The Black Cauldron (1985)



I’m going to work this review a little different than I have in the past. Instead of just blabbing mindlessly, I’m going to pose a question and try my best to answer it. Why? Because this movie is the biggest Black Sheep in Disney’s animated canon (notice I didn’t say the studio itself – obviously that goes to Song of the South).

Except by those who have seen it and it’s small but loyal group of fans, this movie is generally forgotten. Even the studio it came from wants to push it from existence. It never came out on video for the first time until 13 years after its theatrical run. It’s never gotten a “Diamond Edition” or “Platinum Edition,” isn’t on Blu-Ray, and isn’t like a lot of other Disney movies where it moves in and out of the vault every 7 years. You can get it on amazon (that’s where I acquired it), but it’s just cheaply put on DVD (even though it’s supposed to be the 25th anniversary edition. Yeah right!).

The reason for Disney to completely hate this movie is quite simple really. It was a complete box office disappointment. At the time it was made, it was the most expensive animated movie ever made, and tied for the most expensive movie EVER made. You read that right. It cost $44 million, and only made back half of that. Many call it the worst Disney movie ever made. They say that this is when Disney “lost its way,” and forgot what the studio was all about. So, given all that, here are my questions that I will attempt to answer during this review:

Is The Black Cauldron truly deserving of all this criticism? Should we really just forget about it? Is this really when Disney lost its way?

We’re going to take a few things into account to determine this. First, let’s talk about where this movie came from. This movie is loosely based on the first two novels of a children’s fantasy series called The Chronicles of Prydain by Lloyd Alexander. This series of five books was published in the 60s. They won Alexander the Newbery Honor and the Newbery Medal. While not as well known, the books are comparable to The Chronicles of Narnia in sales, and currently it has a 5 star rating on Amazon with glowing reviews. I mean, it’s insane how good some of these reviews are. I feel like I need to read these books now.

Now I’m not one to compare movies to the source material. I believe that movies are movies, and books are books (I’m probably the only Harry Potter fan in the world who actually likes Order of the Phoenix…). That being said, a lot of people and a lot of critics are not so forgiving as I. This was one of the biggest criticisms I’ve ever heard about this movie: It was too ambitious and didn’t stick to what made the books so memorable.

The fact that this movie is based on two of the books is a bit of a problem. I feel like if this movie were made now, it would have only been based on one of the books, with the idea of making it into a series. That’s what we do now. Back then, not so much. Instead, Disney took the idea of the movie and tried to make a cohesive screenplay with more at stake. The first book centers around the rescue of a man named Prydain from the evil Horned King. The second book is our main character seeking to destroy the legendary black cauldron that can turn dead men into zombies. The movie is about our main character (Taran) in a race to find and destroy the black cauldron before the Horned King can use it to rise to power.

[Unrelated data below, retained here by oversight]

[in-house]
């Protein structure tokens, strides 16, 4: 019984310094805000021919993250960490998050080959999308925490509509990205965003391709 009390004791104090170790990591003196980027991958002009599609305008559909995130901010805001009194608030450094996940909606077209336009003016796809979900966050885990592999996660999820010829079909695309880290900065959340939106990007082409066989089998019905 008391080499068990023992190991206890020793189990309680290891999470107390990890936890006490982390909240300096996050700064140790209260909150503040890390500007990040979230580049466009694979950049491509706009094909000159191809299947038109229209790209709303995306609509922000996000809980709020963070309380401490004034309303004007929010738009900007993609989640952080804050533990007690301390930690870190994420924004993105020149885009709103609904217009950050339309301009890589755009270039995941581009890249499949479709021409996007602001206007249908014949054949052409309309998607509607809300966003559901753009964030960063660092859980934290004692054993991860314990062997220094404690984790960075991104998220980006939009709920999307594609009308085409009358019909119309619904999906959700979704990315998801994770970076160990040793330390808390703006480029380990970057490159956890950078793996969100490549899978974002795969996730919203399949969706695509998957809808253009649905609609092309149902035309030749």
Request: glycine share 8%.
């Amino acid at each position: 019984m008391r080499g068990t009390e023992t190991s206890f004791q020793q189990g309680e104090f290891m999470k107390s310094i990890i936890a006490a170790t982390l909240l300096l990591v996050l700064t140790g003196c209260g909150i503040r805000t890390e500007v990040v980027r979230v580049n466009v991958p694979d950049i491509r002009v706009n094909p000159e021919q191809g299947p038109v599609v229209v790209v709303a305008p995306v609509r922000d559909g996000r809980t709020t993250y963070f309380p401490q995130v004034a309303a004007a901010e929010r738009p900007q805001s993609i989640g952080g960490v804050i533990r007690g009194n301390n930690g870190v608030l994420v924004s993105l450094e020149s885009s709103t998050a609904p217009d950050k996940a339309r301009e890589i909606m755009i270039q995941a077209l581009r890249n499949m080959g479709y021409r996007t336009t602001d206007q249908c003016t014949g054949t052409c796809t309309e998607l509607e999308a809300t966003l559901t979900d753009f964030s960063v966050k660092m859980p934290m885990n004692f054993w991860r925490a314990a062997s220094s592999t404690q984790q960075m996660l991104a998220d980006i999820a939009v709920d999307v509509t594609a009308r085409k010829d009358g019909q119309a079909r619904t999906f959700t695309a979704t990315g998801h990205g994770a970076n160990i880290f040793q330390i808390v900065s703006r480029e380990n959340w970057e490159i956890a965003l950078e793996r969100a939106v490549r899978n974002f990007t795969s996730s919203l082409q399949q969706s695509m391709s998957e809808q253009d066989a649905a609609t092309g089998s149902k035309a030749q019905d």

In that one sentence, the movie doesn’t sound so bad. That’s because that is the plot of the movie in the smallest nutshell possible. The idea was good; it’s the execution that was… not so good. I’m not even going to explain the actual plot here, because it’s complicated; more so than it has to be. I’ll try to expand a bit without getting confused myself. Here we go:

There’s a future-seeing pig at the farm where our protagonist Taran is an assistant pig-keeper. They find out the Horned King is after the Black cauldron, and knows that the pig, Henwen, can help him locate it. Taran takes the pig out in the woods to safety, but go figure, she gets captured, and soon Taran finds himself in the castle of the Horned King. He finds Princess Eilonwy (or more like she finds him) and Fflewddur Fflam, a minstrel, and the three escape with Henwen to the “woods” to search for the black cauldron. They encounter fairies and a strange creature named Gurgi before finding the cauldron with some witches who want to trade something for it. They get the cauldron, but oh look, the Horned King gets it from them. He rises the dead, Gurgi sacrifices himself to break the cauldron (or does he?) and it’s the end.

It’s not just that the narrative is a bit complicated, it’s just not executed well. There’s too much in it. They don’t stay too long in any one place, and it’s all rushed. At the same time, strangely, this movie feels like it drags on. I have to agree with the critics on this one: Disney was too ambitious in the story. That’s one point for Disney – but it’s not enough to try to erase it from existence.